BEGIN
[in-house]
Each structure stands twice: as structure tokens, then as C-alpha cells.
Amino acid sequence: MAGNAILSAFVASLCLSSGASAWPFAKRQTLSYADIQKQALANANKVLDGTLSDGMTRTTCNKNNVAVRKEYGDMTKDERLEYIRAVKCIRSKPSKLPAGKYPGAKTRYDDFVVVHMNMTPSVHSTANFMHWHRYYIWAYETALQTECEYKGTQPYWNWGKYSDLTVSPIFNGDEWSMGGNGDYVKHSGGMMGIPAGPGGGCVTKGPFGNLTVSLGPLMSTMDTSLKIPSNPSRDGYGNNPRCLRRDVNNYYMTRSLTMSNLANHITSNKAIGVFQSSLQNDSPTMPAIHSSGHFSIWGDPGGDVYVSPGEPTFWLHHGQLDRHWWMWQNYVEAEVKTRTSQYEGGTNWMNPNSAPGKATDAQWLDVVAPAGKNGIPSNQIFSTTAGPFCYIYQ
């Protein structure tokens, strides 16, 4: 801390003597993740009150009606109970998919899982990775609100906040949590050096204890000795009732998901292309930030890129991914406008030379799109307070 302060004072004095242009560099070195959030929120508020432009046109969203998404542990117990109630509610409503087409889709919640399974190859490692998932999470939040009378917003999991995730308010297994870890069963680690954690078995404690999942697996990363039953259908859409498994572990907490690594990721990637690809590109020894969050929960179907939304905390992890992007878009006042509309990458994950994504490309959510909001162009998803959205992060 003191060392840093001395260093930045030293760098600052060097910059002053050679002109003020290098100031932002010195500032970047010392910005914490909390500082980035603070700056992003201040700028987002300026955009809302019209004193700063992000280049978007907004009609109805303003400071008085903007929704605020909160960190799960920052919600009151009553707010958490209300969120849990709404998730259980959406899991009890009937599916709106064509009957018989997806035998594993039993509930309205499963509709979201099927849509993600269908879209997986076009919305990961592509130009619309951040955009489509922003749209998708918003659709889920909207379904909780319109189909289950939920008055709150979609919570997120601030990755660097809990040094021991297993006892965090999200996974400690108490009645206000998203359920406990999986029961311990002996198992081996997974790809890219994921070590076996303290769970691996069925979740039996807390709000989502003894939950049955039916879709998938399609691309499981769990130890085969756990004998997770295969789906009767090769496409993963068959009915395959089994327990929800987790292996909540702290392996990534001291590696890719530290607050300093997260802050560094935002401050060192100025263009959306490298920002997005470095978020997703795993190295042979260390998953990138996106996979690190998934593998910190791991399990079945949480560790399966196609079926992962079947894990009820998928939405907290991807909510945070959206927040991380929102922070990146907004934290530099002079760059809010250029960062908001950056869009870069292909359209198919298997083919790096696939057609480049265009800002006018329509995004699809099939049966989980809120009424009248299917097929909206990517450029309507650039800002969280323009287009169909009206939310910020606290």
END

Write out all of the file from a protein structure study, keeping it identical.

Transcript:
[in-house]
Each structure stands twice: as structure tokens, then as C-alpha cells.
Amino acid sequence: MAGNAILSAFVASLCLSSGASAWPFAKRQTLSYADIQKQALANANKVLDGTLSDGMTRTTCNKNNVAVRKEYGDMTKDERLEYIRAVKCIRSKPSKLPAGKYPGAKTRYDDFVVVHMNMTPSVHSTANFMHWHRYYIWAYETALQTECEYKGTQPYWNWGKYSDLTVSPIFNGDEWSMGGNGDYVKHSGGMMGIPAGPGGGCVTKGPFGNLTVSLGPLMSTMDTSLKIPSNPSRDGYGNNPRCLRRDVNNYYMTRSLTMSNLANHITSNKAIGVFQSSLQNDSPTMPAIHSSGHFSIWGDPGGDVYVSPGEPTFWLHHGQLDRHWWMWQNYVEAEVKTRTSQYEGGTNWMNPNSAPGKATDAQWLDVVAPAGKNGIPSNQIFSTTAGPFCYIYQ
């Protein structure tokens, strides 16, 4: 801390003597993740009150009606109970998919899982990775609100906040949590050096204890000795009732998901292309930030890129991914406008030379799109307070 302060004072004095242009560099070195959030929120508020432009046109969203998404542990117990109630509610409503087409889709919640399974190859490692998932999470939040009378917003999991995730308010297994870890069963680690954690078995404690999942697996990363039953259908859409498994572990907490690594990721990637690809590109020894969050929960179907939304905390992890992007878009006042509309990458994950994504490309959510909001162009998803959205992060 003191060392840093001395260093930045030293760098600052060097910059002053050679002109003020290098100031932002010195500032970047010392910005914490909390500082980035603070700056992003201040700028987002300026955009809302019209004193700063992000280049978007907004009609109805303003400071008085903007929704605020909160960190799960920052919600009151009553707010958490209300969120849990709404998730259980959406899991009890009937599916709106064509009957018989997806035998594993039993509930309205499963509709979201099927849509993600269908879209997986076009919305990961592509130009619309951040955009489509922003749209998708918003659709889920909207379904909780319109189909289950939920008055709150979609919570997120601030990755660097809990040094021991297993006892965090999200996974400690108490009645206000998203359920406990999986029961311990002996198992081996997974790809890219994921070590076996303290769970691996069925979740039996807390709000989502003894939950049955039916879709998938399609691309499981769990130890085969756990004998997770295969789906009767090769496409993963068959009915395959089994327990929800987790292996909540702290392996990534001291590696890719530290607050300093997260802050560094935002401050060192100025263009959306490298920002997005470095978020997703795993190295042979260390998953990138996106996979690190998934593998910190791991399990079945949480560790399966196609079926992962079947894990009820998928939405907290991807909510945070959206927040991380929102922070990146907004934290530099002079760059809010250029960062908001950056869009870069292909359209198919298997083919790096696939057609480049265009800002006018329509995004699809099939049966989980809120009424009248299917097929909206990517450029309507650039800002969280323009287009169909009206939310910020606290």